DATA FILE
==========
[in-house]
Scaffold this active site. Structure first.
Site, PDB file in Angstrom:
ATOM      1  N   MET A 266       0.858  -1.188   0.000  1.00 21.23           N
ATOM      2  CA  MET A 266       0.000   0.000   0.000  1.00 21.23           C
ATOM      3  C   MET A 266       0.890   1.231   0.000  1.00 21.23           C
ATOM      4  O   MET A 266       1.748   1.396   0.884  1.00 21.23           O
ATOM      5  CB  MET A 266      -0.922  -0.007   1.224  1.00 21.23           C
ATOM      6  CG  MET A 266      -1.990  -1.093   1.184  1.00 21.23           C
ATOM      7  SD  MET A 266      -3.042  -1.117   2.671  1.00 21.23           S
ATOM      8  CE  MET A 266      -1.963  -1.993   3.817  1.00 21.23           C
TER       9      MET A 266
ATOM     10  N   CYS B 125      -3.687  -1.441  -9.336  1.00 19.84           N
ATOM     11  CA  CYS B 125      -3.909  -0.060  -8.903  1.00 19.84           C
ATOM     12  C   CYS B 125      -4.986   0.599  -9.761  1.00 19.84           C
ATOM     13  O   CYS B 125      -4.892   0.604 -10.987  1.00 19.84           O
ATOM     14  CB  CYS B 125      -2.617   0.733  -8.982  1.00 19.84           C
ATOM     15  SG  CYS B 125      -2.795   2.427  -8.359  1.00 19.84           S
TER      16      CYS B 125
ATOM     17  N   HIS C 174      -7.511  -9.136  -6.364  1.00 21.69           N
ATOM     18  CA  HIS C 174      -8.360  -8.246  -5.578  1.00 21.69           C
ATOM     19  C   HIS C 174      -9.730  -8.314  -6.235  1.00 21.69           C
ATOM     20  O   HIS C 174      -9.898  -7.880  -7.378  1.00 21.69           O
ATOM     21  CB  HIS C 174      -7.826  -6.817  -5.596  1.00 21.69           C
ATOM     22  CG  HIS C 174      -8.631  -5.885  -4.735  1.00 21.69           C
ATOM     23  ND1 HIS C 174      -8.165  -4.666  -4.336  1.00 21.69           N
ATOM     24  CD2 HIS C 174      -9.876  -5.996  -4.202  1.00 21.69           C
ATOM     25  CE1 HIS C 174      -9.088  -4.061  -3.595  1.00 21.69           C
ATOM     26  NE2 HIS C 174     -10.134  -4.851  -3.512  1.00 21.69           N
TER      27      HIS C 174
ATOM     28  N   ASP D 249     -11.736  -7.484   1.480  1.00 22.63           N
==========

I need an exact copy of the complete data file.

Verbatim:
[in-house]
Scaffold this active site. Structure first.
Site, PDB file in Angstrom:
ATOM      1  N   MET A 266       0.858  -1.188   0.000  1.00 21.23           N
ATOM      2  CA  MET A 266       0.000   0.000   0.000  1.00 21.23           C
ATOM      3  C   MET A 266       0.890   1.231   0.000  1.00 21.23           C
ATOM      4  O   MET A 266       1.748   1.396   0.884  1.00 21.23           O
ATOM      5  CB  MET A 266      -0.922  -0.007   1.224  1.00 21.23           C
ATOM      6  CG  MET A 266      -1.990  -1.093   1.184  1.00 21.23           C
ATOM      7  SD  MET A 266      -3.042  -1.117   2.671  1.00 21.23           S
ATOM      8  CE  MET A 266      -1.963  -1.993   3.817  1.00 21.23           C
TER       9      MET A 266
ATOM     10  N   CYS B 125      -3.687  -1.441  -9.336  1.00 19.84           N
ATOM     11  CA  CYS B 125      -3.909  -0.060  -8.903  1.00 19.84           C
ATOM     12  C   CYS B 125      -4.986   0.599  -9.761  1.00 19.84           C
ATOM     13  O   CYS B 125      -4.892   0.604 -10.987  1.00 19.84           O
ATOM     14  CB  CYS B 125      -2.617   0.733  -8.982  1.00 19.84           C
ATOM     15  SG  CYS B 125      -2.795   2.427  -8.359  1.00 19.84           S
TER      16      CYS B 125
ATOM     17  N   HIS C 174      -7.511  -9.136  -6.364  1.00 21.69           N
ATOM     18  CA  HIS C 174      -8.360  -8.246  -5.578  1.00 21.69           C
ATOM     19  C   HIS C 174      -9.730  -8.314  -6.235  1.00 21.69           C
ATOM     20  O   HIS C 174      -9.898  -7.880  -7.378  1.00 21.69           O
ATOM     21  CB  HIS C 174      -7.826  -6.817  -5.596  1.00 21.69           C
ATOM     22  CG  HIS C 174      -8.631  -5.885  -4.735  1.00 21.69           C
ATOM     23  ND1 HIS C 174      -8.165  -4.666  -4.336  1.00 21.69           N
ATOM     24  CD2 HIS C 174      -9.876  -5.996  -4.202  1.00 21.69           C
ATOM     25  CE1 HIS C 174      -9.088  -4.061  -3.595  1.00 21.69           C
ATOM     26  NE2 HIS C 174     -10.134  -4.851  -3.512  1.00 21.69           N
TER      27      HIS C 174
ATOM     28  N   ASP D 249     -11.736  -7.484   1.480  1.00 22.63           N